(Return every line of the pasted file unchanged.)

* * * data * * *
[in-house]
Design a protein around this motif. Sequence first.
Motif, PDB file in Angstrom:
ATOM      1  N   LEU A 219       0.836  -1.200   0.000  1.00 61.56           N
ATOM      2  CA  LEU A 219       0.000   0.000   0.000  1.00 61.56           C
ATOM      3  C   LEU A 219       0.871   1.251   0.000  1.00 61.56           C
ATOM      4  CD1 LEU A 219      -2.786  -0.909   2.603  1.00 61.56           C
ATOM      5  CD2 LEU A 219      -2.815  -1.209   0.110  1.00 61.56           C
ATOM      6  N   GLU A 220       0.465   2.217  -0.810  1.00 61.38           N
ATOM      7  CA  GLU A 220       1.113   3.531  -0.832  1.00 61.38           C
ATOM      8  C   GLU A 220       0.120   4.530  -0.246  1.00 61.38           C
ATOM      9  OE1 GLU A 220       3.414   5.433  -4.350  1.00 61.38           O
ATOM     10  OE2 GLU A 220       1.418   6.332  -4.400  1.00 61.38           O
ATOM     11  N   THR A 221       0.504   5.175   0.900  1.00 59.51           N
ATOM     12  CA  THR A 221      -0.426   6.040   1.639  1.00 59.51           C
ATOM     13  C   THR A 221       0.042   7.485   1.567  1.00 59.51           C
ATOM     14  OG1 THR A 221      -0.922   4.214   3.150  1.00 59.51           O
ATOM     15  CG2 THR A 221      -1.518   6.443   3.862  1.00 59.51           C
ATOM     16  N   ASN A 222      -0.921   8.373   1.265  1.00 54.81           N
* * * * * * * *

[in-house]
Design a protein around this motif. Sequence first.
Motif, PDB file in Angstrom:
ATOM      1  N   LEU A 219       0.836  -1.200   0.000  1.00 61.56           N
ATOM      2  CA  LEU A 219       0.000   0.000   0.000  1.00 61.56           C
ATOM      3  C   LEU A 219       0.871   1.251   0.000  1.00 61.56           C
ATOM      4  CD1 LEU A 219      -2.786  -0.909   2.603  1.00 61.56           C
ATOM      5  CD2 LEU A 219      -2.815  -1.209   0.110  1.00 61.56           C
ATOM      6  N   GLU A 220       0.465   2.217  -0.810  1.00 61.38           N
ATOM      7  CA  GLU A 220       1.113   3.531  -0.832  1.00 61.38           C
ATOM      8  C   GLU A 220       0.120   4.530  -0.246  1.00 61.38           C
ATOM      9  OE1 GLU A 220       3.414   5.433  -4.350  1.00 61.38           O
ATOM     10  OE2 GLU A 220       1.418   6.332  -4.400  1.00 61.38           O
ATOM     11  N   THR A 221       0.504   5.175   0.900  1.00 59.51           N
ATOM     12  CA  THR A 221      -0.426   6.040   1.639  1.00 59.51           C
ATOM     13  C   THR A 221       0.042   7.485   1.567  1.00 59.51           C
ATOM     14  OG1 THR A 221      -0.922   4.214   3.150  1.00 59.51           O
ATOM     15  CG2 THR A 221      -1.518   6.443   3.862  1.00 59.51           C
ATOM     16  N   ASN A 222      -0.921   8.373   1.265  1.00 54.81           N